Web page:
Ashton Kutcher, the 35-year-old actor and ex-husband of actress Demi Moore, has never been considered a poster child for the “family values crowd,” but at the Teen Choice Awards two weeks ago, he could have easily passed for one.
Following screams from young female fans in the audience, Kutcher silenced them with a motivational message that bordered on inspiration. He told them: “I believe that opportunity looks a lot like hard work. ... I’ve never had a job in my life that I was better than. I was always just lucky to have a job. And every job I had was a steppingstone to my next job, and I never quit my job until I had my next job.”
Kutcher wasn’t through: “The sexiest thing in the entire world is being really smart and being thoughtful and being generous. Everything else is c—p ... that people try to sell to you to make you feel like less. So don’t buy it. Be smart, be thoughtful and be generous.”
That such remarks would gain so much attention is indicative of where we are as a nation. One way to take the cultural temperature is to observe how ancient wisdom suddenly sounds new, even radical. Not many Millennials are hearing this message. Maybe some get it from their parents, but many teens and young adults don’t discover such wisdom until they are parents, if then.
For older adults, Kutcher’s remarks are so obvious that when they were teens they would have been unremarkable and nearly universally believed, if not always practiced. They resonate today because of the dire condition of the nation’s economy and because of moral libertarianism — whatever feels good goes; whatever works for the individual is right, even if the good of society suffers. More and more people seem to be looking for a lifeline. Kutcher threw them one.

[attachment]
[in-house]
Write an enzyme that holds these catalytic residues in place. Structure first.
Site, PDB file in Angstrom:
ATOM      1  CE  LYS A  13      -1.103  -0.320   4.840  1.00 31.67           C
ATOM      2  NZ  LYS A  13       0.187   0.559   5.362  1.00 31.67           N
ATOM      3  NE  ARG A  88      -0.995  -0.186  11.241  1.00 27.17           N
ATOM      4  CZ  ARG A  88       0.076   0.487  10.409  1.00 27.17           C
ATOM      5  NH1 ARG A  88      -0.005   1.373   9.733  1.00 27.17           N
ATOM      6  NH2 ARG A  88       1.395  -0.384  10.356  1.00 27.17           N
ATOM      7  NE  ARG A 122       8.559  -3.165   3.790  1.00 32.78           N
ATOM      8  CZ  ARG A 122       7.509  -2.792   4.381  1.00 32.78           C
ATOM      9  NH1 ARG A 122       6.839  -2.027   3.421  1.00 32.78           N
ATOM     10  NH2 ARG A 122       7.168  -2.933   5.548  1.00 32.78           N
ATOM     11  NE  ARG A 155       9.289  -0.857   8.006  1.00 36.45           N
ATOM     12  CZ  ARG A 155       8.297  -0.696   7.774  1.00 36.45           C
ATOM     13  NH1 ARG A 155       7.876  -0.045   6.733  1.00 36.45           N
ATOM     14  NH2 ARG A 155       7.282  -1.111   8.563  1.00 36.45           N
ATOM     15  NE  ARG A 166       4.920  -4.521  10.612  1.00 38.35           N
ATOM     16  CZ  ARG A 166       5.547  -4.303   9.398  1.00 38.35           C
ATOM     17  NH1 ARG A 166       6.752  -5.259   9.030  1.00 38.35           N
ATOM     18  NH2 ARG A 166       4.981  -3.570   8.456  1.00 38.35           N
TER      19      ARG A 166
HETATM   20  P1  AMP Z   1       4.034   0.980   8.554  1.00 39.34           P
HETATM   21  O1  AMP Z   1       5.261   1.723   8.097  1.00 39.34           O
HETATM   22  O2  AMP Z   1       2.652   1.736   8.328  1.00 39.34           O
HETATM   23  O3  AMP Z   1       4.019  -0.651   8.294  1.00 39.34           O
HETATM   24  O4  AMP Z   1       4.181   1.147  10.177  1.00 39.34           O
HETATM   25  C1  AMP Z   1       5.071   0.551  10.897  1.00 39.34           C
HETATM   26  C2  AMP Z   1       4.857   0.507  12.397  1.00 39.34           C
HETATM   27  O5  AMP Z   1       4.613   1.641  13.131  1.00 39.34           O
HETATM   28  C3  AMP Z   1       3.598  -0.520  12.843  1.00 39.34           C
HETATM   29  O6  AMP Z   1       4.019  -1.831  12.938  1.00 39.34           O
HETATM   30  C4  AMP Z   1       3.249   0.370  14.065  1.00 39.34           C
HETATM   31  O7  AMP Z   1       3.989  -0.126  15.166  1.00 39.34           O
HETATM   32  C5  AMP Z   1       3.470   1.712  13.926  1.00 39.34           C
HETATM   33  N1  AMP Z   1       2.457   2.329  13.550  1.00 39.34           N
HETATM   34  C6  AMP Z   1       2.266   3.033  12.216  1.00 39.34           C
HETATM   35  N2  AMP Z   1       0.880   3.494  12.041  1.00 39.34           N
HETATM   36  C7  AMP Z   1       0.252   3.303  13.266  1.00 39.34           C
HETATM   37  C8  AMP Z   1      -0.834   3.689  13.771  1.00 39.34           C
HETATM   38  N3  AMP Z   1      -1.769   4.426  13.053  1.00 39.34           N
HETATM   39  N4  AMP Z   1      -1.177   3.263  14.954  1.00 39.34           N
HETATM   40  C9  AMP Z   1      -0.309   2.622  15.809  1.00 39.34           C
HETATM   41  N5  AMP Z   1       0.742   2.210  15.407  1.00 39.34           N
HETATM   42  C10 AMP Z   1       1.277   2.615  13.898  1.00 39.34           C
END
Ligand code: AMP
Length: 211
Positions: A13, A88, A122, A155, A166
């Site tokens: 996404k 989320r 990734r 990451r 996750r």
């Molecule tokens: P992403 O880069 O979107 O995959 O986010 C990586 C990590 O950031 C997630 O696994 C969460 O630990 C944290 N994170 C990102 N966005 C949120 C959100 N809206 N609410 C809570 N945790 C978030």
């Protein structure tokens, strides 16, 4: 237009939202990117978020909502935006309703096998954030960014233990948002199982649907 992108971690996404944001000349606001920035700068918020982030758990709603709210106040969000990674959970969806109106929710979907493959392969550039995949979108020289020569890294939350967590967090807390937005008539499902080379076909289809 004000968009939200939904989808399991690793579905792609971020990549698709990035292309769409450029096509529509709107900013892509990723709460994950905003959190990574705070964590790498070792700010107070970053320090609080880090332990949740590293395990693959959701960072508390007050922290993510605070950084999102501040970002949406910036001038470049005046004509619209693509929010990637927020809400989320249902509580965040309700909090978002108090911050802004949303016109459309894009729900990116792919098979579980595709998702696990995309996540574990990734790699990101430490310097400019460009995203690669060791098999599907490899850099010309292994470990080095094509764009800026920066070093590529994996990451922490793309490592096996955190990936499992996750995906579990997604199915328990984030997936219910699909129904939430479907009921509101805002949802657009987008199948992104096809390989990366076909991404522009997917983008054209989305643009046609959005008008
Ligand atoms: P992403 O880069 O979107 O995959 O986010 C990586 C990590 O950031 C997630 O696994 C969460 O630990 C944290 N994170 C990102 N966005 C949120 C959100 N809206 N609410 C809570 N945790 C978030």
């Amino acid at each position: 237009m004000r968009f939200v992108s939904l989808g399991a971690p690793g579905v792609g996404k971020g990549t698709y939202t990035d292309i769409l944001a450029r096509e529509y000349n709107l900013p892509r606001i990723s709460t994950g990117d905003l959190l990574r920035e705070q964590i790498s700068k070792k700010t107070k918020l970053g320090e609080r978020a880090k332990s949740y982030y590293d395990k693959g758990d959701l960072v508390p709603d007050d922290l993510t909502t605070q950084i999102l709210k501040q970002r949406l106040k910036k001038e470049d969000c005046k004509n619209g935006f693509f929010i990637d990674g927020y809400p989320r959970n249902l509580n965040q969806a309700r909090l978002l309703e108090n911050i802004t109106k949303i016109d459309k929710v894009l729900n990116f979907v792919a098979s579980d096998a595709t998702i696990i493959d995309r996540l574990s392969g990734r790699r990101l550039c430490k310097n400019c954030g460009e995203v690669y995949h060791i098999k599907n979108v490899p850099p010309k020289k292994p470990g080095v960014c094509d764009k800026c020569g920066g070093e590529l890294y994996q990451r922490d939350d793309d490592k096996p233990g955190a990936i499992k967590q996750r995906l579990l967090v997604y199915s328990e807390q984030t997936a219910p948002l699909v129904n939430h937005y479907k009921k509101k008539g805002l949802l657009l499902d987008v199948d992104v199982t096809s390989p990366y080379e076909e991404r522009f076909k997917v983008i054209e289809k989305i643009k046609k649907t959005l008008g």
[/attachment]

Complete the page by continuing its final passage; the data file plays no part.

Radio host Rush Limbaugh said of many of today’s young people: “There is a fog of depression ... There’s pessimism ... and it’s because they do not think there’s any prosperity left for them. ... They don’t think there’s any money to be earned; it’s all gone. Their parents’ and grandparents’ generation were the last ones that really had it made. And they’re certainly not hearing this kind of message from anybody in politics that they vote for.”
Kutcher has described himself as “a fiscally conservative, socially liberal independent.” He supports gay rights and same-sex marriage. Though raised a Roman Catholic in Cedar Rapids, Iowa, he has dabbled in Kabbalah, a form of Jewish mysticism. No one can typecast him as a soldier for religious conservatism. He is a supporter of President Obama, but doesn’t like his health care plan.
The road to success remains what it has always been: hard work, believing in yourself, never taking “no” as the final answer and making right moral choices. These have been proven throughout history to better any life and improve even the worst of circumstances.
If we know such things to be true, why are they not taught and modeled in today’s culture? For many, it could lead to less reliance on government. Politicians would become less necessary. If such principles were again taught in our public schools, someone might sue for imposing someone’s “moral values” on others.
Envy, greed and entitlement are the unholy trinity of failure. What Kutcher offers young people is the opposite, leading to success, self-realization and independence.
Here’s one more Kutcherism: “Everything around us that we call life was made up by people that are no smarter than you. And you can build your own things. You can build your own life that other people can live in. So build a life. Don’t live one, build one.”
If only Washington politicians would think and talk this way.